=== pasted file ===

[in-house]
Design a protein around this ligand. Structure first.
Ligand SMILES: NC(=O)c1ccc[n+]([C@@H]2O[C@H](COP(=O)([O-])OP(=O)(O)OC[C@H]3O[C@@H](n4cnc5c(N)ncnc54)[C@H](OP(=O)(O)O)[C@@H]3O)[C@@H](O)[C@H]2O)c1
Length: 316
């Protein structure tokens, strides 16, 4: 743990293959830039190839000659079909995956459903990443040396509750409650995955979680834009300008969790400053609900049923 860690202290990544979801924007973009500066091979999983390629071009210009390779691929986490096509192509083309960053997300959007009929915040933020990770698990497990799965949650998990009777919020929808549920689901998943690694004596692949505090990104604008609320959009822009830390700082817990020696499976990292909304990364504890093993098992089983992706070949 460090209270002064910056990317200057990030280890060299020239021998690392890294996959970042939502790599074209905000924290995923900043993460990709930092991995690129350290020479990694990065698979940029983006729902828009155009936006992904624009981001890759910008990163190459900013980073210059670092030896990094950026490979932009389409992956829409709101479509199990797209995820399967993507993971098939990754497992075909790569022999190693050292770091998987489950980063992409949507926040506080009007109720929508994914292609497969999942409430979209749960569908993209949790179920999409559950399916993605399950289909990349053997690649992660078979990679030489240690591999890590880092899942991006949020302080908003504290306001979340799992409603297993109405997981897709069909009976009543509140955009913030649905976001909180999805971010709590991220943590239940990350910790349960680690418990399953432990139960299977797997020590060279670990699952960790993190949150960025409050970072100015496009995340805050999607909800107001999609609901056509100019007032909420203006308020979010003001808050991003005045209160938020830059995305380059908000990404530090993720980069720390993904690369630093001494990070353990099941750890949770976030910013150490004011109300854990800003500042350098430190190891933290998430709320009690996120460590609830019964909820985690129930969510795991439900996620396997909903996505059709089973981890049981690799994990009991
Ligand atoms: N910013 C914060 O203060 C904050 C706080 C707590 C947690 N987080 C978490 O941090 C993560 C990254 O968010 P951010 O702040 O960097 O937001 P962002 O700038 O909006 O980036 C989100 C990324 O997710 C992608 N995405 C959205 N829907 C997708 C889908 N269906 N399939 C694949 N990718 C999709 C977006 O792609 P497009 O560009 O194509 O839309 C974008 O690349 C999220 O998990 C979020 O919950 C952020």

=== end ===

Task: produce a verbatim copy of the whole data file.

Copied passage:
[in-house]
Design a protein around this ligand. Structure first.
Ligand SMILES: NC(=O)c1ccc[n+]([C@@H]2O[C@H](COP(=O)([O-])OP(=O)(O)OC[C@H]3O[C@@H](n4cnc5c(N)ncnc54)[C@H](OP(=O)(O)O)[C@@H]3O)[C@@H](O)[C@H]2O)c1
Length: 316
């Protein structure tokens, strides 16, 4: 743990293959830039190839000659079909995956459903990443040396509750409650995955979680834009300008969790400053609900049923 860690202290990544979801924007973009500066091979999983390629071009210009390779691929986490096509192509083309960053997300959007009929915040933020990770698990497990799965949650998990009777919020929808549920689901998943690694004596692949505090990104604008609320959009822009830390700082817990020696499976990292909304990364504890093993098992089983992706070949 460090209270002064910056990317200057990030280890060299020239021998690392890294996959970042939502790599074209905000924290995923900043993460990709930092991995690129350290020479990694990065698979940029983006729902828009155009936006992904624009981001890759910008990163190459900013980073210059670092030896990094950026490979932009389409992956829409709101479509199990797209995820399967993507993971098939990754497992075909790569022999190693050292770091998987489950980063992409949507926040506080009007109720929508994914292609497969999942409430979209749960569908993209949790179920999409559950399916993605399950289909990349053997690649992660078979990679030489240690591999890590880092899942991006949020302080908003504290306001979340799992409603297993109405997981897709069909009976009543509140955009913030649905976001909180999805971010709590991220943590239940990350910790349960680690418990399953432990139960299977797997020590060279670990699952960790993190949150960025409050970072100015496009995340805050999607909800107001999609609901056509100019007032909420203006308020979010003001808050991003005045209160938020830059995305380059908000990404530090993720980069720390993904690369630093001494990070353990099941750890949770976030910013150490004011109300854990800003500042350098430190190891933290998430709320009690996120460590609830019964909820985690129930969510795991439900996620396997909903996505059709089973981890049981690799994990009991
Ligand atoms: N910013 C914060 O203060 C904050 C706080 C707590 C947690 N987080 C978490 O941090 C993560 C990254 O968010 P951010 O702040 O960097 O937001 P962002 O700038 O909006 O980036 C989100 C990324 O997710 C992608 N995405 C959205 N829907 C997708 C889908 N269906 N399939 C694949 N990718 C999709 C977006 O792609 P497009 O560009 O194509 O839309 C974008 O690349 C999220 O998990 C979020 O919950 C952020």